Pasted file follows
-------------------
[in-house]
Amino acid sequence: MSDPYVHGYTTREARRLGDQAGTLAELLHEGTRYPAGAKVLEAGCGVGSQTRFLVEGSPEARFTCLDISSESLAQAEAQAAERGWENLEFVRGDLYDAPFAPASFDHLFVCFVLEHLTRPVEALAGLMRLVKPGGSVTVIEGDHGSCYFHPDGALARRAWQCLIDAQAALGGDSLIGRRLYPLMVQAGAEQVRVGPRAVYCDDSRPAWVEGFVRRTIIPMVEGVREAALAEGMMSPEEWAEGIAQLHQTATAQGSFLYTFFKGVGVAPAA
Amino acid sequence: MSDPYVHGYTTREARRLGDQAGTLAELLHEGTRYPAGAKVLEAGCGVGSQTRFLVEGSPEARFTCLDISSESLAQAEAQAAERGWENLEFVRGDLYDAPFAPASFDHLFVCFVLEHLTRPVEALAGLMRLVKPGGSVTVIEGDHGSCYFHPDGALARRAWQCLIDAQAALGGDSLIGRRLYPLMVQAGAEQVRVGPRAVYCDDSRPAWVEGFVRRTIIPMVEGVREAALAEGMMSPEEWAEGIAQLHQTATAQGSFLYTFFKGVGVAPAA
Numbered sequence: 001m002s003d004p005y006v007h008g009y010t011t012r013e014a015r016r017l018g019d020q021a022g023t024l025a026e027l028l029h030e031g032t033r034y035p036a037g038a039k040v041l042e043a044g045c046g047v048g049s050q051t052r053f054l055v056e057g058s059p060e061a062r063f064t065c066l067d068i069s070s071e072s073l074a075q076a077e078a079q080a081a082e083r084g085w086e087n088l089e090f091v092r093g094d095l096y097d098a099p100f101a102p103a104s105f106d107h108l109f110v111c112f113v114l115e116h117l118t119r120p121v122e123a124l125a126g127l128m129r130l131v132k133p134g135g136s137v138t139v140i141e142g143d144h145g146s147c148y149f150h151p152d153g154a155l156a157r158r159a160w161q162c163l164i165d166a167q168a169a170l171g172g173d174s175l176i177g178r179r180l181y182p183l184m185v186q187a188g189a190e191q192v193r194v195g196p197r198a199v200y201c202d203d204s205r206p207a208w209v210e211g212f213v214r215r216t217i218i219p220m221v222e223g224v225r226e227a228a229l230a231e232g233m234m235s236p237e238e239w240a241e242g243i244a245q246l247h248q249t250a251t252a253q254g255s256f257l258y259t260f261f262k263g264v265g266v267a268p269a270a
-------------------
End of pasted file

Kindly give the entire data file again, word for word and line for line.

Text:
[in-house]
Amino acid sequence: MSDPYVHGYTTREARRLGDQAGTLAELLHEGTRYPAGAKVLEAGCGVGSQTRFLVEGSPEARFTCLDISSESLAQAEAQAAERGWENLEFVRGDLYDAPFAPASFDHLFVCFVLEHLTRPVEALAGLMRLVKPGGSVTVIEGDHGSCYFHPDGALARRAWQCLIDAQAALGGDSLIGRRLYPLMVQAGAEQVRVGPRAVYCDDSRPAWVEGFVRRTIIPMVEGVREAALAEGMMSPEEWAEGIAQLHQTATAQGSFLYTFFKGVGVAPAA
Amino acid sequence: MSDPYVHGYTTREARRLGDQAGTLAELLHEGTRYPAGAKVLEAGCGVGSQTRFLVEGSPEARFTCLDISSESLAQAEAQAAERGWENLEFVRGDLYDAPFAPASFDHLFVCFVLEHLTRPVEALAGLMRLVKPGGSVTVIEGDHGSCYFHPDGALARRAWQCLIDAQAALGGDSLIGRRLYPLMVQAGAEQVRVGPRAVYCDDSRPAWVEGFVRRTIIPMVEGVREAALAEGMMSPEEWAEGIAQLHQTATAQGSFLYTFFKGVGVAPAA
Numbered sequence: 001m002s003d004p005y006v007h008g009y010t011t012r013e014a015r016r017l018g019d020q021a022g023t024l025a026e027l028l029h030e031g032t033r034y035p036a037g038a039k040v041l042e043a044g045c046g047v048g049s050q051t052r053f054l055v056e057g058s059p060e061a062r063f064t065c066l067d068i069s070s071e072s073l074a075q076a077e078a079q080a081a082e083r084g085w086e087n088l089e090f091v092r093g094d095l096y097d098a099p100f101a102p103a104s105f106d107h108l109f110v111c112f113v114l115e116h117l118t119r120p121v122e123a124l125a126g127l128m129r130l131v132k133p134g135g136s137v138t139v140i141e142g143d144h145g146s147c148y149f150h151p152d153g154a155l156a157r158r159a160w161q162c163l164i165d166a167q168a169a170l171g172g173d174s175l176i177g178r179r180l181y182p183l184m185v186q187a188g189a190e191q192v193r194v195g196p197r198a199v200y201c202d203d204s205r206p207a208w209v210e211g212f213v214r215r216t217i218i219p220m221v222e223g224v225r226e227a228a229l230a231e232g233m234m235s236p237e238e239w240a241e242g243i244a245q246l247h248q249t250a251t252a253q254g255s256f257l258y259t260f261f262k263g264v265g266v267a268p269a270a